Ubuntu: How To Install Linux, Apache, MySQL, PHP (LAMP) stack

A “LAMP” is a group of open source software that is installed together to enable a web server to host dynamic websites and web applications. This term is actually an acronym which represents Linux, Apache web server, MySQL data source, and PHP.

Step One — Install Apache

We can install Apache easily using Ubuntu’s program manager, apt. This is package manager allows us to install most application pain-free from a repository managed by Ubuntu.

Install Apache

Afterward, your web server(Apache) is installed. We can verify that by visiting your server’s public IP address in your web browser http://your_server_IP_address.

If you have installed Apache web server on your local machine then that can be verified by visiting http://127.0.0.1 or http://localhost.

After that, you will see the default Ubuntu Apache web page. which is there for information and testing reasons. If you see this page, then your web server is now correctly installed.

How To Find your Server’s Public IP Address
If you do not know what your server’s public IP address is, there are various methods to discover it. Usually, this is the address, you use to connect to your server through SSH.
you can use the iproute2 tools to get your address by typing this:

Step Two — Install MySQL

Now we have up and running Apache web server, So it is time to install MySQL. MySQL is a database management system. Run following command on terminal to install MySql:

During installation, your server will ask you to select and make sure passwords for the MySQL “root” user. This is an administrative account in MySQL. Confirm the password and continue the installation.

When the installation is finished, we need to run some extra commands to get our MySQL environment set up safely.

First, we need to tell MySQL to make its database directory structure where it will store its details. You can do this by typing on terminal:

Afterward, we want to run a simple security script that will remove some risky defaults and lock down access to our database system a little bit. Start the interactive script by running on terminal:

You will get asked to enter the security password you set for the MySQL root account. Next, it will ask you if you want to modify that security password. If you are satisfied with your present password, type “n” for “no” at the prompt.

For the rest of the questions, you should simply hit the “ENTER” key through each prompt to accept to the default values. This will remove some example users and databases, disable remote root logins, and load these new rules so that MySQL immediately aspects the changes we have created.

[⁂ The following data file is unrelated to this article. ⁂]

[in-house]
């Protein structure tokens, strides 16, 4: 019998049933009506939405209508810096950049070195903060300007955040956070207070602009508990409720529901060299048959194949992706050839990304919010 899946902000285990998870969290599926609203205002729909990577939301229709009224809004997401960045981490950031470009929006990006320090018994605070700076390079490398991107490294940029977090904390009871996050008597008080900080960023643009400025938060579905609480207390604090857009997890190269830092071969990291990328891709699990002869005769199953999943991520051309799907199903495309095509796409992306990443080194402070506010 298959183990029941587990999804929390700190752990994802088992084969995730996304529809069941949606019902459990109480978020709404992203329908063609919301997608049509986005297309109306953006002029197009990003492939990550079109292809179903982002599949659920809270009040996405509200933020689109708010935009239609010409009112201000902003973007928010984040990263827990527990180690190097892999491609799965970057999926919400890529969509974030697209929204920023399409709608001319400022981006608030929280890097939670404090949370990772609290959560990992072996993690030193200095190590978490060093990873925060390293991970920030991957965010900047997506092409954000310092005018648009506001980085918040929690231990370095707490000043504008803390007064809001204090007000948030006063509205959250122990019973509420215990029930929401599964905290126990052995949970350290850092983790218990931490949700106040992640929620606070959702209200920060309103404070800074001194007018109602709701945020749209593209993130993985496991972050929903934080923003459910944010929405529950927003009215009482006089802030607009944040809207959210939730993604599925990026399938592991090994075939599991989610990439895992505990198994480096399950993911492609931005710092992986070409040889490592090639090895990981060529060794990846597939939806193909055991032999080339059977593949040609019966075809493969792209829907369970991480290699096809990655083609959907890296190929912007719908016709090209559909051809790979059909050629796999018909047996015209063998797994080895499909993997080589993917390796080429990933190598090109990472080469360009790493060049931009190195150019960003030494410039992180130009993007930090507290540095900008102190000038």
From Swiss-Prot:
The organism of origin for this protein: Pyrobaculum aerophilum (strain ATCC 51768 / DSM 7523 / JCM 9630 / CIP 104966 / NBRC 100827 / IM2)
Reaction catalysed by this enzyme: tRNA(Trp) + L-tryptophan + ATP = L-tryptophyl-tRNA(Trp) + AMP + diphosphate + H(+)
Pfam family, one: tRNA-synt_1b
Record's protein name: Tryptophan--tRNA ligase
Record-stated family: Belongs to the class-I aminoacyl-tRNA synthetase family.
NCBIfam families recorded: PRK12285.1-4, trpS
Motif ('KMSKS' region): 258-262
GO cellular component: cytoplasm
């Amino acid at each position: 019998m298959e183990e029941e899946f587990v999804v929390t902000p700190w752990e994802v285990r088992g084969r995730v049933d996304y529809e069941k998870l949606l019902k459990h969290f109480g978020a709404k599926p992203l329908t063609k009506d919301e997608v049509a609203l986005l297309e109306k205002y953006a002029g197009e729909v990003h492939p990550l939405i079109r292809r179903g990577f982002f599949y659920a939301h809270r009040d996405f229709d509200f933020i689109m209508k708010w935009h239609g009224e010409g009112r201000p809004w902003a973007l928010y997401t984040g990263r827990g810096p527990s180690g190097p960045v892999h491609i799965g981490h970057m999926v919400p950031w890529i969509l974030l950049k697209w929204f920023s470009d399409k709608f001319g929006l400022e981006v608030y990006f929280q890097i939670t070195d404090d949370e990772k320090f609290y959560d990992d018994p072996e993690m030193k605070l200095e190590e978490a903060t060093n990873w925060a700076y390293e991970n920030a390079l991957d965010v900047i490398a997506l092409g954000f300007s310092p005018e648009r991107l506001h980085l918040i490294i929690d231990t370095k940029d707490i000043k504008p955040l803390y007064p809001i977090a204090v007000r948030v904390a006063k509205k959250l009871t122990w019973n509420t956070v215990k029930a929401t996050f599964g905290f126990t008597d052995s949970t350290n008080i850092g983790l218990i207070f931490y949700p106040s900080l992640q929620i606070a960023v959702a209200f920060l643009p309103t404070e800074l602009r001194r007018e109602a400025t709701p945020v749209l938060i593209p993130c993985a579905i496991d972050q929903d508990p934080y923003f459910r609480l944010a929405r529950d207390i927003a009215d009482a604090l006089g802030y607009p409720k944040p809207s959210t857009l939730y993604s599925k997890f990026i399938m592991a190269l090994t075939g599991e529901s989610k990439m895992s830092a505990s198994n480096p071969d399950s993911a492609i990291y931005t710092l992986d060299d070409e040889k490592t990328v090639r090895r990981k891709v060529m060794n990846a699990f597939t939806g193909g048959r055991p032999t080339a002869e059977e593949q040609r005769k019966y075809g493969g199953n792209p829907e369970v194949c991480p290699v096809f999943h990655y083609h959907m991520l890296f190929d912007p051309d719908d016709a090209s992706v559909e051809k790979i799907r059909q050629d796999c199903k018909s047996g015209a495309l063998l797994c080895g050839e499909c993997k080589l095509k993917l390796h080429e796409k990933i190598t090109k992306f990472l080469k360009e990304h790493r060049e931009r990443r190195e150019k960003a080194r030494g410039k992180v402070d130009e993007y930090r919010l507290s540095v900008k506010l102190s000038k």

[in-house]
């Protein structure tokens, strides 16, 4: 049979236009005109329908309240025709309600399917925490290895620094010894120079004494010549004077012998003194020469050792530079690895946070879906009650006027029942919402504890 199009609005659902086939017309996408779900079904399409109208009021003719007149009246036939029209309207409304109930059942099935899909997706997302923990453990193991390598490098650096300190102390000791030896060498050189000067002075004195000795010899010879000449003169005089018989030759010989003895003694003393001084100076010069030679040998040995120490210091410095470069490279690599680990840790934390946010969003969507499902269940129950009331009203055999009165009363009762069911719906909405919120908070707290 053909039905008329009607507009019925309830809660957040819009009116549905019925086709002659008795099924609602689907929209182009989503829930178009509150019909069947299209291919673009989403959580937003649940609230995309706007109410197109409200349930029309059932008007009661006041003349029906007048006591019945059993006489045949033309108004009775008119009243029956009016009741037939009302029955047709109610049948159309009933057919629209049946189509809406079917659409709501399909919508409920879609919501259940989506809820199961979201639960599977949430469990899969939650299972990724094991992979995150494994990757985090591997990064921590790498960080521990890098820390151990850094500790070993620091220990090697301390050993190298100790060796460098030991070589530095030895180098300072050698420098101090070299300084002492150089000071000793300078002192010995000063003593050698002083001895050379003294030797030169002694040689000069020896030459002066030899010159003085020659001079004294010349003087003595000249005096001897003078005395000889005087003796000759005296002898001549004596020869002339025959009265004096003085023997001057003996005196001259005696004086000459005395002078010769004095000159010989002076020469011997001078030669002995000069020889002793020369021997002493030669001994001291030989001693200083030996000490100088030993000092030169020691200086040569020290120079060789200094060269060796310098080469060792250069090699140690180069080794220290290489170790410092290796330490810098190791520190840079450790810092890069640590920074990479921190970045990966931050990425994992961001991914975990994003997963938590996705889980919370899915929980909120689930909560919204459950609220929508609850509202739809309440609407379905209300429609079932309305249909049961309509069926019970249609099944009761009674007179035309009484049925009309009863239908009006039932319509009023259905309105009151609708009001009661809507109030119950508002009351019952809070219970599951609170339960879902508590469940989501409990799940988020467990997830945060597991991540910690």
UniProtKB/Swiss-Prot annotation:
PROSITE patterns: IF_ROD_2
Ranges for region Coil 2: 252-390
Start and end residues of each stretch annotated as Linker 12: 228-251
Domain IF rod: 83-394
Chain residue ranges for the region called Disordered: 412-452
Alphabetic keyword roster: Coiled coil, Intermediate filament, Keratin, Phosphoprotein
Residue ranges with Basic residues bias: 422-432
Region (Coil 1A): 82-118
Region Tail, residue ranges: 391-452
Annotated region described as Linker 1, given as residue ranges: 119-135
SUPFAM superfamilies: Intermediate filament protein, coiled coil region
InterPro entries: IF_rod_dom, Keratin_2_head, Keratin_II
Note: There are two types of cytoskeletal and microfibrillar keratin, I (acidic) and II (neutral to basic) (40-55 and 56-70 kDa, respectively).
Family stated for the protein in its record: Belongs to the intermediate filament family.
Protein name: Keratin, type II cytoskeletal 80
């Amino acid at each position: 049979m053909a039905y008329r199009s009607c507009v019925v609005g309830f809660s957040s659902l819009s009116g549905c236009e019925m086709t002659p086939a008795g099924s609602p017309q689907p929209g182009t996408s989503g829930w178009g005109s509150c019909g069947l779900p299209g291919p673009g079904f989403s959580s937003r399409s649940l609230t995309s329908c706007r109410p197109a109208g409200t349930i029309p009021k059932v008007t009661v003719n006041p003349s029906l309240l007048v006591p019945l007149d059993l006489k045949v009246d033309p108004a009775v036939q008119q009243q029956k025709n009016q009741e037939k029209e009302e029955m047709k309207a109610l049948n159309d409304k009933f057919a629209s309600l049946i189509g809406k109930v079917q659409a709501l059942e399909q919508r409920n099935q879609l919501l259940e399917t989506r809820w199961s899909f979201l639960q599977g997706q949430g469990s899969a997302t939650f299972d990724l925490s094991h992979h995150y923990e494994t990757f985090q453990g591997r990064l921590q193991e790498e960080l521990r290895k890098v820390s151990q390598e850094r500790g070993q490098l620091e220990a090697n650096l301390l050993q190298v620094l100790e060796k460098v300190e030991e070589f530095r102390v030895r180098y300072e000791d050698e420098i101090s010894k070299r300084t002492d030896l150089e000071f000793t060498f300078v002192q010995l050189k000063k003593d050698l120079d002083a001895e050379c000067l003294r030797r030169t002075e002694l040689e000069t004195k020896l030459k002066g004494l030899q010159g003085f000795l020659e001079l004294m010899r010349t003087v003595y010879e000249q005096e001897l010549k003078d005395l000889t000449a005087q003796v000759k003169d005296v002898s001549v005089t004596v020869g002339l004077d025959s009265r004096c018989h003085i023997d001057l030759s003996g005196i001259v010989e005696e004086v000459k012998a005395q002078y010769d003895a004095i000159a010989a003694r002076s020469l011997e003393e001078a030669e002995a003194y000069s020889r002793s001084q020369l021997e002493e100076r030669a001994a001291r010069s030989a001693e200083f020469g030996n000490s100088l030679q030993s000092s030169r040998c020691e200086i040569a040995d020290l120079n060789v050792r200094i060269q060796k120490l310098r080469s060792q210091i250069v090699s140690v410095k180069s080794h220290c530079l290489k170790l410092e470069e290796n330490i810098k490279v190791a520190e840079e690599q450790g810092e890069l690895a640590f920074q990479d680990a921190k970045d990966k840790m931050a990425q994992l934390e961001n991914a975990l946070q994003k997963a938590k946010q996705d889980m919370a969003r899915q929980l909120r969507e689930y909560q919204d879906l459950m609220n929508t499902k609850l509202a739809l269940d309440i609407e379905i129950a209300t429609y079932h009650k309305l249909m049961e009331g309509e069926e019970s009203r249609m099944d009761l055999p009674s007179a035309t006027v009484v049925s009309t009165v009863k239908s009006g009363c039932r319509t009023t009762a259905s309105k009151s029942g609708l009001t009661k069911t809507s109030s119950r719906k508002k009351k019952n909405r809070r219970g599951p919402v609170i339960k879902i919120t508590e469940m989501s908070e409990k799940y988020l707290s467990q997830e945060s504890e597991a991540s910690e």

At this point database (MySql) installation finished.

Step Three — Install PHP

In below command we’re going to install php and also include some helper packages as well:

This should install PHP without any problems.

Optional Step:

Currently, if a user requests a directory from the server, Apache will first look for file called index.html in that directory. If we want to tell our web server to prefer PHP data files, so we’ll make Apache look for a index.php file first.

To do this, type below command on terminal to open the dir.conf file with root privileges:

It will look like this:

We need to shift the PHP index.php file above to the first place after the DirectoryIndex specification, like this:

When you are finished, save and close the file by pressing “CTRL-X”. and then you have to confirm the save by typing “Y”. After that hit “ENTER” to confirm the file save location.

After this, we need to reboot the Apache web server to be able for our changes to be identified. Restart Apache using the following command:

Install PHP Modules

To improve the performance of PHP, we can optionally install some additional modules.

To see the available choices for PHP modules & libraries, type following command on terminal:

This will show result of optional components that you can install.

If we decided that php5-cli is something that we need, we could type:

If we need to install more than one module then we can do that by listing each one, separated by a space, like this:

Now LAMP stack is installed and configured.

Step Four — Test PHP on Web Server

In order to test that We will call this script info.php. In order for Apache to find the file and serve it properly, it must be saved to a very particular directory, which is known as the “web root”.

In Ubuntu 14.04, this directory is situated at /var/www/html/. We can make the file at that place by typing:

This will open an empty file. We want to put the following text:

When you are finished, save and close the file. Now try this out, for that we have to visit this page in our web browser.

The address you want to visit will be:

On local machine visit following address: http://127.0.0.1/info.php or http://localhost/info.php

The page should look something like this:
PHP

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